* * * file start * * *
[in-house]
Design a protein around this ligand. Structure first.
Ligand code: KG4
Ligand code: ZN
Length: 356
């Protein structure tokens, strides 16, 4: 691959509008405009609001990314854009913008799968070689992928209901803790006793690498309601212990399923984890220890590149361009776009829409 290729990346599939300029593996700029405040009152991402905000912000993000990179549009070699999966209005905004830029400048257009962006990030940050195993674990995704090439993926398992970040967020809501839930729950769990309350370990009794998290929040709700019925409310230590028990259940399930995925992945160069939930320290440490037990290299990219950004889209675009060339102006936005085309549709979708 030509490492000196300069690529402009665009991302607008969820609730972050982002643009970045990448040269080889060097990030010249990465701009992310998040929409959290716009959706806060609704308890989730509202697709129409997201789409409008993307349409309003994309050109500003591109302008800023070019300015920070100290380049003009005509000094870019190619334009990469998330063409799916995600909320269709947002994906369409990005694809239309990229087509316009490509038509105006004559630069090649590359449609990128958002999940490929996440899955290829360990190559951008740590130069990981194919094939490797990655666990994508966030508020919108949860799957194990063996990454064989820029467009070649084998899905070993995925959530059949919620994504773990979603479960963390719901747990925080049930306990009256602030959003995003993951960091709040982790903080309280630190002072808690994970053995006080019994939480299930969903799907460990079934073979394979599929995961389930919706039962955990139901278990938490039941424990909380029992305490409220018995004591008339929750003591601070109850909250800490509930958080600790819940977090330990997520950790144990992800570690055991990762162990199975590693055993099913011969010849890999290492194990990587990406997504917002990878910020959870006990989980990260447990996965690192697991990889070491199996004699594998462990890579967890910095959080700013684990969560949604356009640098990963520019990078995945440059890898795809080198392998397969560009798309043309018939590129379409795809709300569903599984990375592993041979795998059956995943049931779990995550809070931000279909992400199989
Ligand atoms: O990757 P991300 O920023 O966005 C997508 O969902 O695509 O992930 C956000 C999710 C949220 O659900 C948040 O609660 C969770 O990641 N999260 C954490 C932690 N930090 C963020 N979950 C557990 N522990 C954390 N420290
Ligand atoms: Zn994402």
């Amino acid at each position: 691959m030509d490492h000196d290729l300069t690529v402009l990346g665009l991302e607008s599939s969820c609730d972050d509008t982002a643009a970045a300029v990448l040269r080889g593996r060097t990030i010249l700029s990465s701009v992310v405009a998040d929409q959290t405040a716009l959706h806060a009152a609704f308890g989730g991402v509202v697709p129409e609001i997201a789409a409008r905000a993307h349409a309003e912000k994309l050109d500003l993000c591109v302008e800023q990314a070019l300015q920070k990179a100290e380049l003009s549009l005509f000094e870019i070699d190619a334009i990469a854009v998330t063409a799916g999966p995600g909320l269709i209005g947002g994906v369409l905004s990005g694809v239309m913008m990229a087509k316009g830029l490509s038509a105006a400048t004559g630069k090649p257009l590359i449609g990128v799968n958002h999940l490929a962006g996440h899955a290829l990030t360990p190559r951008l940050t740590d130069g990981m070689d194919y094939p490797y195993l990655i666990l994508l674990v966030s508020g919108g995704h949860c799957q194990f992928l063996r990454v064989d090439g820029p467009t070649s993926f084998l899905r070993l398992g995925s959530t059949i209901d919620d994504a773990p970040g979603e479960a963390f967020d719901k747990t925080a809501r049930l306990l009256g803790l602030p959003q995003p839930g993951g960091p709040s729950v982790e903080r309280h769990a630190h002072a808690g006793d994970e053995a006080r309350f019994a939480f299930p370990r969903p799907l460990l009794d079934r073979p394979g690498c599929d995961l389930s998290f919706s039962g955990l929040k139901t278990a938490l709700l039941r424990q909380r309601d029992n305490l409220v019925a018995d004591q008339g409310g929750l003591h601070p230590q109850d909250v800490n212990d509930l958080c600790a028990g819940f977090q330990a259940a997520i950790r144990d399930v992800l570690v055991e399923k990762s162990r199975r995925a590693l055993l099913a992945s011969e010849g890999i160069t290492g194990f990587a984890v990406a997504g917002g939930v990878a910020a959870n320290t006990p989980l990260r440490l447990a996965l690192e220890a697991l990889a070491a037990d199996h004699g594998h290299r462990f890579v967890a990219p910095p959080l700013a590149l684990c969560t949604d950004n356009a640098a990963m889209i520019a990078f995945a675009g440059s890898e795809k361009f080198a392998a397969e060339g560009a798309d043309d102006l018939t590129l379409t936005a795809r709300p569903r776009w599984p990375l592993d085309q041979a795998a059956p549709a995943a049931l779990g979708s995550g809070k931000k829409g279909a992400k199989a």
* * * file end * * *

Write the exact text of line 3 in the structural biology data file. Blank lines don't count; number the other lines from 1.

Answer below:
Ligand code: KG4